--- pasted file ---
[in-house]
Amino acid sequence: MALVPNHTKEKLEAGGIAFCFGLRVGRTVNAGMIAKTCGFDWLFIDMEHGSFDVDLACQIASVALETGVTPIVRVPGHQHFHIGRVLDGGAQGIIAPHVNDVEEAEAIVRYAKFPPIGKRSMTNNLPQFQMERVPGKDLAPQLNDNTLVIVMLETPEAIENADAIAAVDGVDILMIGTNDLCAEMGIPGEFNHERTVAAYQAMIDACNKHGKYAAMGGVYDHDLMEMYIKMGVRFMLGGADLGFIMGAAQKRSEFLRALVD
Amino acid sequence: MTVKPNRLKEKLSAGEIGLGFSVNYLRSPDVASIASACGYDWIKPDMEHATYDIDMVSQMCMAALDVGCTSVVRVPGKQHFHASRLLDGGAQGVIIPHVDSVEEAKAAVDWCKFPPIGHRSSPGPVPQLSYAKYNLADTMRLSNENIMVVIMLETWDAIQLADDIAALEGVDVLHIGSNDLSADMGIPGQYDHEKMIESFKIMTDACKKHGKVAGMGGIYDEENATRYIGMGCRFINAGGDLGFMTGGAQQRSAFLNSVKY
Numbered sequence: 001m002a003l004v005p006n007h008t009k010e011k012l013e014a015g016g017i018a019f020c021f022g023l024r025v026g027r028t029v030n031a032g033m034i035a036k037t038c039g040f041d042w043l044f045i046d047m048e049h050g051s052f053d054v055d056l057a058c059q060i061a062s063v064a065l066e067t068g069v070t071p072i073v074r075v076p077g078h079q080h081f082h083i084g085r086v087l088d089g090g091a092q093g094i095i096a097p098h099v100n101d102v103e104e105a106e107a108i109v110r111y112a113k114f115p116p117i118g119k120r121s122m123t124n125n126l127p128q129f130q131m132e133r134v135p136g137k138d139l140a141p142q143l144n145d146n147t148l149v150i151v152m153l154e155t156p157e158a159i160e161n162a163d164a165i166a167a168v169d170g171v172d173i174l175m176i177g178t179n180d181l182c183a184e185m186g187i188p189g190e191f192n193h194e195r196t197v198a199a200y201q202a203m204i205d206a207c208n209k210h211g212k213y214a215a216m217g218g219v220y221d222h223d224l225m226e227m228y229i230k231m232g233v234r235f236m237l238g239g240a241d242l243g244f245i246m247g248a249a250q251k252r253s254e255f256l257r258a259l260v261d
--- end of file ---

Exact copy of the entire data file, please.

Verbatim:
[in-house]
Amino acid sequence: MALVPNHTKEKLEAGGIAFCFGLRVGRTVNAGMIAKTCGFDWLFIDMEHGSFDVDLACQIASVALETGVTPIVRVPGHQHFHIGRVLDGGAQGIIAPHVNDVEEAEAIVRYAKFPPIGKRSMTNNLPQFQMERVPGKDLAPQLNDNTLVIVMLETPEAIENADAIAAVDGVDILMIGTNDLCAEMGIPGEFNHERTVAAYQAMIDACNKHGKYAAMGGVYDHDLMEMYIKMGVRFMLGGADLGFIMGAAQKRSEFLRALVD
Amino acid sequence: MTVKPNRLKEKLSAGEIGLGFSVNYLRSPDVASIASACGYDWIKPDMEHATYDIDMVSQMCMAALDVGCTSVVRVPGKQHFHASRLLDGGAQGVIIPHVDSVEEAKAAVDWCKFPPIGHRSSPGPVPQLSYAKYNLADTMRLSNENIMVVIMLETWDAIQLADDIAALEGVDVLHIGSNDLSADMGIPGQYDHEKMIESFKIMTDACKKHGKVAGMGGIYDEENATRYIGMGCRFINAGGDLGFMTGGAQQRSAFLNSVKY
Numbered sequence: 001m002a003l004v005p006n007h008t009k010e011k012l013e014a015g016g017i018a019f020c021f022g023l024r025v026g027r028t029v030n031a032g033m034i035a036k037t038c039g040f041d042w043l044f045i046d047m048e049h050g051s052f053d054v055d056l057a058c059q060i061a062s063v064a065l066e067t068g069v070t071p072i073v074r075v076p077g078h079q080h081f082h083i084g085r086v087l088d089g090g091a092q093g094i095i096a097p098h099v100n101d102v103e104e105a106e107a108i109v110r111y112a113k114f115p116p117i118g119k120r121s122m123t124n125n126l127p128q129f130q131m132e133r134v135p136g137k138d139l140a141p142q143l144n145d146n147t148l149v150i151v152m153l154e155t156p157e158a159i160e161n162a163d164a165i166a167a168v169d170g171v172d173i174l175m176i177g178t179n180d181l182c183a184e185m186g187i188p189g190e191f192n193h194e195r196t197v198a199a200y201q202a203m204i205d206a207c208n209k210h211g212k213y214a215a216m217g218g219v220y221d222h223d224l225m226e227m228y229i230k231m232g233v234r235f236m237l238g239g240a241d242l243g244f245i246m247g248a249a250q251k252r253s254e255f256l257r258a259l260v261d